Is It Safe in the Bahamas?

A beautiful sunset in the Bahamas

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The Bahamas has more than 700 islands, about 30 of which are inhabited, so it's hard to generalize about safety from one place to the next. However, there are various precautions travelers should take to ensure a safe trip and avoid violent crime. The most dangerous places in the Bahamas are Nassau—the country's biggest city, located on the island of New Providence—and Grand Bahama. These two islands are where most Bahamians live and the vast majority of tourists visit.

Travel Advisories

  • The U.S. Department of State suggests tourists reconsider travel to the Bahamas  "due to health and safety measures and COVID-related conditions."
  • Canada urges travelers to always be aware of their surroundings and be prepared for a COVID curfew from 9 p.m. to 5 a.m. on most of the islands .
  • Anyone (except children 10 and under) traveling to the Bahamas is required to present a negative COVID test taken no more than five days before arrival, and then obtain a Bahamas Travel Health Visa.

Is the Bahamas Dangerous?

While safety has improved in the Bahamas, there is still violent crime, mainly in Nassau and the island of Grand Bahama, which includes the city of Freeport. Armed robberies, burglaries, sexual assault, and other violent crimes take place, along with purse snatchings. Cruise ship terminals and popular resort areas have robberies, even during the day. Visitors to New Providence Island should avoid "over the hill" neighborhoods south of downtown Nassau (south of Shirley Street), particularly at night. Criminal activity is much less common in the Out Islands but has included burglaries and thefts, particularly of boats and/or outboard motors. Police generally respond quickly and effectively to reports of travelers being victimized by crime, and tourist areas have frequent police foot patrols.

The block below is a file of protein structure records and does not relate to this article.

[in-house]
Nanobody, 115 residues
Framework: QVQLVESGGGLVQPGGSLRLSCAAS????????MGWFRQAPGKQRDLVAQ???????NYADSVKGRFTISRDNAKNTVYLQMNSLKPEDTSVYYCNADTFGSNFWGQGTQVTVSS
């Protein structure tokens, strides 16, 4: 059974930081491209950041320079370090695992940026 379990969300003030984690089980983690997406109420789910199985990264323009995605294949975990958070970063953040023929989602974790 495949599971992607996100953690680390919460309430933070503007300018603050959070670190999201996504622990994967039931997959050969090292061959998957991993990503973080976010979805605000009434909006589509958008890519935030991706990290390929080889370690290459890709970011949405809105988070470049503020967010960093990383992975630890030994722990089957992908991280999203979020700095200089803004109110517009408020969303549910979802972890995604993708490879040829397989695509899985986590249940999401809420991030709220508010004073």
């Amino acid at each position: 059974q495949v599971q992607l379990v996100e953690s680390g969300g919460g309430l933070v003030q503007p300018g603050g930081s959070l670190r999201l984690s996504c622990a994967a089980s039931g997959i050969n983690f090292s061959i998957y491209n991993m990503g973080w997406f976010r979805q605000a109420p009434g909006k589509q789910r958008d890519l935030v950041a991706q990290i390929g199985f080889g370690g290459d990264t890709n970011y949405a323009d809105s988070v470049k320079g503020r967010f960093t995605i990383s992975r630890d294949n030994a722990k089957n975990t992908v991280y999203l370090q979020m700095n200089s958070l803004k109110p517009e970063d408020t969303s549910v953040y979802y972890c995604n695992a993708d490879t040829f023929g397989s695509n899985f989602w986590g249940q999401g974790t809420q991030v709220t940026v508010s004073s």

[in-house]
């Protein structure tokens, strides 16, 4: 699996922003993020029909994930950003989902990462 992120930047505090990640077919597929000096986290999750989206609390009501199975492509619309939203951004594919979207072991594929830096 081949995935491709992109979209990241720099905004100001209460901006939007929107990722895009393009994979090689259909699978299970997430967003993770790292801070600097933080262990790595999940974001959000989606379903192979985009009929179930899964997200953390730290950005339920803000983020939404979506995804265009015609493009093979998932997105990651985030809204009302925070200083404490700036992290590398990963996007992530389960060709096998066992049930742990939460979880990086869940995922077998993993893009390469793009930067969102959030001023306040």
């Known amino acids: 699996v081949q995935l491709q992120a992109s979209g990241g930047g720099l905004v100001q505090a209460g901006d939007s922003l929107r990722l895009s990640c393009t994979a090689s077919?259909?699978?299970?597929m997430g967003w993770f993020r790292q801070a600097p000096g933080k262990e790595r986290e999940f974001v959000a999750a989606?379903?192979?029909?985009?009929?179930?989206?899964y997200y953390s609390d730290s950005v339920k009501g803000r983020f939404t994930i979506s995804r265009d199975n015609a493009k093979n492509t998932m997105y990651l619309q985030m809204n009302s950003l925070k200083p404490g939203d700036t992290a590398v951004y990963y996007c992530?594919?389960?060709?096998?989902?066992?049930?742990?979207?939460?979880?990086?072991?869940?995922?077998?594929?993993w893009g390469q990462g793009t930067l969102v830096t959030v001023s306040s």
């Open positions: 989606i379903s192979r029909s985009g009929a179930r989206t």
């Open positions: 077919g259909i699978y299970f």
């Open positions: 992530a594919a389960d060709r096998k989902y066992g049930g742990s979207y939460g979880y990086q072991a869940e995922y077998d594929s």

Commercial recreational watercraft, including water tours, are not properly regulated or maintained, and many tourists have had serious injuries.

Beware of credit card and ATM fraud, especially in Nassau. When anyone else is using your cards, pay close attention. Use well-lit ATMs in public areas or inside a bank or business, and keep your PIN private by covering the keypad.

Is the Bahamas Safe for Solo Travelers?

Traveling solo in the Bahamas can be done without issues, but it is best to play it safe and take some precautions. Avoid walking alone at night, especially in Nassau. Have your wallet and bag near you all the time and keep belongings—especially passports and other forms of identification—in a hotel safe if possible. Secure valuables in your hotel room and do not leave important items on the beach or by the pool while swimming. Only open your hotel or residence door for expected guests.

Is the Bahamas Safe for Female Travelers?

Women exploring the Bahamas on their own often have no problems with dangerous or aggressive men. However, sexual assaults are frequent and have been reported in clubs and casinos, outside hotels, and on cruise ships. Some jet ski operators (even licensed) are known to commit sexual assaults. Stay away from drugs and excessive alcohol, and keep an eye on your drinks and food to avoid being drugged. It is best to not accept snacks, beverages, gum, or cigarettes from people you don't know.